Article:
Sunday, October 31, 2010

Being Dead is No Excuse: The Official Southern Ladies Guide to Hosting the Perfect Funeral by Gayden Metcalfe and Charlotte Hayes

Verdict: I LOVE this book! It is so funny if one if a Southerner; I imagine it is funny, but not SO funny, if one is a regular ole person not of the Southern persuasion.
This book is set up with chapters about an aspect of the Southern death. Chapters cover such topics as tasteful food at a funeral, casseroles made with Campbell's soup, acceptable songs, the eternal pantry, and much more! Each chapter is followed by numerous delicious-sounding recipes, though I haven't tried any of them.
Bottom line: I highly recommend this book to Southerners, especially those no longer living in the South, because it will make you smile!
You can see the lovely cover of this book at
Question: Has anyone ever eaten an aspic? This must be a Southern delicacy more Southern than yours truly. The recipe (and picture on the cover of the book) make it sound like a V-8 Jell-o mold. Yuck!

Friday, October 29, 2010

The Exile by Diana Gabaldon...

...An Outlander graphic novel with illustrations by Hoang Nguyen; "experience Jamie's side of the story."
Graphic novels are a really popular current trend in the book world; they are essentially literary comic books. I had never read a graphic novel until this one. We have Jane Eyre, The Odyssey, and Maus I and II (hallmarks of this genre) at school, but none have ever appealed to me until now.
If you've been keeping up with this blog, then you know that my friend Susan Strasinger and I have been reading The Outlander series together (just started The Fiery Cross today!). I was at a vendor fair yesterday when I received a graphic novel flier. Lo and behold, Diana Gabaldon and her new graphic novels were featured. I tried to request this from the public library, but it was waiting to be ordered. Nothing would do but to go to Barnes & Noble last night to buy my own copy to complete my Outlander set.
This story is told from Murtaugh's point of view with an eye for Jamie's experiences. One of the things Susan and I really admire about Gabaldon is her use of point of view as an interesting element (difficult to accomplish!). There were some times while reading this graphic novel when some secret was revealed (that Claire had not known when she told the story in the first Outlander novel), I found myself thinking, "What? That so did not happen." Then I would realize that this is not a work of fan fiction; it is a work by Gabaldon. These new things are things she may have always known had happened since she created the world.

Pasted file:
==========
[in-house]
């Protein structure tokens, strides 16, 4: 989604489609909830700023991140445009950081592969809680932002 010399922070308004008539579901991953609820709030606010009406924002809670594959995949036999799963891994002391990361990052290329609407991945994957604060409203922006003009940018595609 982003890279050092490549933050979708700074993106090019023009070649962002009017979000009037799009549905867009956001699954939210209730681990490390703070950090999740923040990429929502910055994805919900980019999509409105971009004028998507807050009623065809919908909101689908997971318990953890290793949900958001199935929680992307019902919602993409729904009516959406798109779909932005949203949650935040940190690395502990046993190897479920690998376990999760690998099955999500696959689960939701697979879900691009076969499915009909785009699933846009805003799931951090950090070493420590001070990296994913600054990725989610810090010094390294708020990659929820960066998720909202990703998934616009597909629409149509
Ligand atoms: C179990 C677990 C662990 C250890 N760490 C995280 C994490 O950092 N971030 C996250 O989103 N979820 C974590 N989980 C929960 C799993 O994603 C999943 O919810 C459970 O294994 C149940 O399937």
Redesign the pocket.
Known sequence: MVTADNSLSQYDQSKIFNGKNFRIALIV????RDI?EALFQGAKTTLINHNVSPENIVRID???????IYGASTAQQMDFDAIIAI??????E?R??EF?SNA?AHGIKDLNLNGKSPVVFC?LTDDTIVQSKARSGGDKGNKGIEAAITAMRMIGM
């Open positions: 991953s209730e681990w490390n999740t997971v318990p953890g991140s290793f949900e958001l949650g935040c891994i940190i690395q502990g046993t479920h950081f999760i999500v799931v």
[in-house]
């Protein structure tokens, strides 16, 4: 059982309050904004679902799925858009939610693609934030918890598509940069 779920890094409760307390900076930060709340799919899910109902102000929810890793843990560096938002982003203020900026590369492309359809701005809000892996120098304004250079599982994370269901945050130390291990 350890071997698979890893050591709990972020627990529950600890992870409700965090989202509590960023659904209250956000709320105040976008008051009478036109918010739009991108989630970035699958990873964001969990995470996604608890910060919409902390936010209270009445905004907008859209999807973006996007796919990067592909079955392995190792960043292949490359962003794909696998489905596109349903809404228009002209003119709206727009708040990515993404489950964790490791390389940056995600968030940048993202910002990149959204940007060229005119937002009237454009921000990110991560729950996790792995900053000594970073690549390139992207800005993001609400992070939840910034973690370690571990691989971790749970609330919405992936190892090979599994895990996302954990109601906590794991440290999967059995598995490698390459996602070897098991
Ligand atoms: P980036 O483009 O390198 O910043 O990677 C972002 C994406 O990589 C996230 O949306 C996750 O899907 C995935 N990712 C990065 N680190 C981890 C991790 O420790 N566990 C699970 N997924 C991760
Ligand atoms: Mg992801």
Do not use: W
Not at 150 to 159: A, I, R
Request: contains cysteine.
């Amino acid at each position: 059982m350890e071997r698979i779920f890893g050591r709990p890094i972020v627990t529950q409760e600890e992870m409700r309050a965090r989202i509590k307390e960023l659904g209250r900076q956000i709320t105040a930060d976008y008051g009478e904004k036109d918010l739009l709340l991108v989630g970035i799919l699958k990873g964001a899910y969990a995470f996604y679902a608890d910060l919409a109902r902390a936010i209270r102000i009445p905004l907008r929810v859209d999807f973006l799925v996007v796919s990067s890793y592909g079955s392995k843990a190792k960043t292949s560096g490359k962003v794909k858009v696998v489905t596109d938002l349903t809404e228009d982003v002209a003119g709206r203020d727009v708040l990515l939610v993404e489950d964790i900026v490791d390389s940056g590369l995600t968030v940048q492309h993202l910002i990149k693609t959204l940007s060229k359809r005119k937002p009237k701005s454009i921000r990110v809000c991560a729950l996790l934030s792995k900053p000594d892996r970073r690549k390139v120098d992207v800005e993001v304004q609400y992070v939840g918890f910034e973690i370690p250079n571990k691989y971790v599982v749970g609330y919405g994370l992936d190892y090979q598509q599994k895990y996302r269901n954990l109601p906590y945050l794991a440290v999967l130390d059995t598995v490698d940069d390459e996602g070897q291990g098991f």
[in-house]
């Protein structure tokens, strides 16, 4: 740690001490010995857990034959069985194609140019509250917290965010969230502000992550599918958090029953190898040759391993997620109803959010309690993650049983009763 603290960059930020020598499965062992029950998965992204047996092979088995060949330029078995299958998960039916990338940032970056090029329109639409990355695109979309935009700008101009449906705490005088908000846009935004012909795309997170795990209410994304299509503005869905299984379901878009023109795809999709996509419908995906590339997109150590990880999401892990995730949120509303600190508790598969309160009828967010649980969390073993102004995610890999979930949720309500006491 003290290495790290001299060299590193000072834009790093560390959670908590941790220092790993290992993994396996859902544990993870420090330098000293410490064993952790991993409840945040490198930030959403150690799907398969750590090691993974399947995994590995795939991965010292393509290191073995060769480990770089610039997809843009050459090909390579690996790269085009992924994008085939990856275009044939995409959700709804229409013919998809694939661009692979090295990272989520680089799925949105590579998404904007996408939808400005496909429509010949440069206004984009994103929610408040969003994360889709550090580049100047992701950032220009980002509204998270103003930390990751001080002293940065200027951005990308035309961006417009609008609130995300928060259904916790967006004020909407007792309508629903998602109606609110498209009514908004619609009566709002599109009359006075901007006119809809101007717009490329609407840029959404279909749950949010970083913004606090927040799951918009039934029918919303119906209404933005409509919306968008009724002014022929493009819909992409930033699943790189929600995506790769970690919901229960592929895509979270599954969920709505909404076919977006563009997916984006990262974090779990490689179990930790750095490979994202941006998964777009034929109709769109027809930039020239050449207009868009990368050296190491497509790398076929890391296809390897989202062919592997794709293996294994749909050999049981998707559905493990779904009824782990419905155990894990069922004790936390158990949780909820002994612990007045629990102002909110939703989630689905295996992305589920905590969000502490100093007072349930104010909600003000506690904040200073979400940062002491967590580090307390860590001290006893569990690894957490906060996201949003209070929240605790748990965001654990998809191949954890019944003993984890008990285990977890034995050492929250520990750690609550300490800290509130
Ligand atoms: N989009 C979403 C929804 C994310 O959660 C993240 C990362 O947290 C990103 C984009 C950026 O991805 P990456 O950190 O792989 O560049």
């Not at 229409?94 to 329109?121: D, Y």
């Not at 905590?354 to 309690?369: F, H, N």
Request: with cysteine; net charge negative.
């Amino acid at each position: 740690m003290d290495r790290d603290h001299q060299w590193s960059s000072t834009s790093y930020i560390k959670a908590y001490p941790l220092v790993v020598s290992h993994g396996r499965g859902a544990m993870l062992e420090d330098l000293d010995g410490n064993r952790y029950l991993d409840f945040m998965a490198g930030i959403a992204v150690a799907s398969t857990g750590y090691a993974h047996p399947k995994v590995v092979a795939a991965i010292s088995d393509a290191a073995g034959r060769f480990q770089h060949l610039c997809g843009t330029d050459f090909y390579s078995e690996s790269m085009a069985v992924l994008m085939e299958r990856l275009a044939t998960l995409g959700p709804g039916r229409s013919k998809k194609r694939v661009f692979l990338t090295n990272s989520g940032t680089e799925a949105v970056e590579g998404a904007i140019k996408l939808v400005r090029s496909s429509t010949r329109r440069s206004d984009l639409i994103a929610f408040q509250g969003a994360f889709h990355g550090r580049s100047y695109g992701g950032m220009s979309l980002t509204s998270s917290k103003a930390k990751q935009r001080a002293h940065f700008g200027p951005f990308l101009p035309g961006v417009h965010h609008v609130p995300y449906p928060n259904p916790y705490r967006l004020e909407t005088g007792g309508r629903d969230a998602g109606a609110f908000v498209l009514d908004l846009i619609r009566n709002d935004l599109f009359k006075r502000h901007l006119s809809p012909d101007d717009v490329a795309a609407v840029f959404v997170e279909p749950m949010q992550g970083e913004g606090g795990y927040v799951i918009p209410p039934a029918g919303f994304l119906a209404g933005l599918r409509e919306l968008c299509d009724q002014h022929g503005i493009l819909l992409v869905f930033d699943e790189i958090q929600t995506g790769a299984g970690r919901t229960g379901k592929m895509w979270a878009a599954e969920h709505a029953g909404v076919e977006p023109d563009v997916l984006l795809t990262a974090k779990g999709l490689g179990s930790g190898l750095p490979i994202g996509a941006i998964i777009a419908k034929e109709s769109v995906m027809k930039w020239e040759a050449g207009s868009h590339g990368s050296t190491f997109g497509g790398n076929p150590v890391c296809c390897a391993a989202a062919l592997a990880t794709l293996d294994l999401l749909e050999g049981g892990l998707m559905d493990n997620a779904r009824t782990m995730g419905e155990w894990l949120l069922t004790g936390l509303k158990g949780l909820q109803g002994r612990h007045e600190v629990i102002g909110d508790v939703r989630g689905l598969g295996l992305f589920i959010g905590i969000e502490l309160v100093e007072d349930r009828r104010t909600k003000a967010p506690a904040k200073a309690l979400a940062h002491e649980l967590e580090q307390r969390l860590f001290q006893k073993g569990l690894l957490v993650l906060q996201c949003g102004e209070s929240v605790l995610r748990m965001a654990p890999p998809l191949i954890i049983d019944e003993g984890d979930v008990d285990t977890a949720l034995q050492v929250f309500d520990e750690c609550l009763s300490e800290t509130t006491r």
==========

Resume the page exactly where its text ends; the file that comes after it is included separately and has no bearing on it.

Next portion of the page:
I enjoyed this, but I think it is because it relates to something I already enjoy. I am not sure this genre is for me on a regular basis. On the flip side, I can see how some students who begin with a graphic novel might progress to the original novel later. In fact, in the notes at the end, Diana Gabaldon tells readers that the graphic novel only covers the first 1/3 of the novel; I hope this leads someone to read the novels because they are so enjoyable!
Gabaldon began writing comic books before progressing to other genres. This seemed a natural leap for her. (I still can't wait for a movie or, even better, a mini-series about each book!)

Thursday, October 28, 2010

The Eyes of the Amaryllis by Natalie Babbitt

I found this book while weeding fiction at the JOHS library. It was on my list of books with copyright dates over 20 years (this is 1977), so I was taking it off the shelf to check its conditions and the last time it had ever been checked out. It had never been checked out, but I read the back and thought it sounded interesting. Besides, Natalie Babbitt wrote Tuck Everlasting, which I really enjoyed when I taught it to 7th graders at Donelson Middle while student teaching (bless their hearts because I was not the high-quality teacher then that I came to be after years of experience).
This book was not my favorite. It was weird without being enchanting. It had the potential to be enchanting, but it just didn't succeed. It is about the relationship that develops between a girl and her estranged grandmother; the revelations in character relate to the mysteries of her grandfather's death at see.
It was just weird. It doesn't have draw. I have chosen to withdraw this book.

Wednesday, October 27, 2010

The Graveyard Book by Neil Gaiman...

...with illustrations by Dave McKean
This book a Newberry Award as "the most distinguished contribution to American literature for children."
This book is based on Rudyard Kipling's The Jungle Book. It is the story of a boy whose parents are killed by The Man Jack. He wanders to a graveyard and is given "the protection of the graveyard" for his youth. He is given the name Nobody and adopted by a couple who died in the 1700s, the Owens'. The book is about his adventures in the graveyard and out in the world. It has all sorts of moral lessons and a refreshing lack of romance. Read more about it at
I read this book because it is up for a Volunteer State Book Award. I enjoyed it, but I think it is more suited to middle school; therefore, it is not my favorite for the voting.
I do plan on using this book as the theme for our next book club meeting. I think I will pick up some Halloween decorations next week when they go on sale! Does anyone have any ideas for food?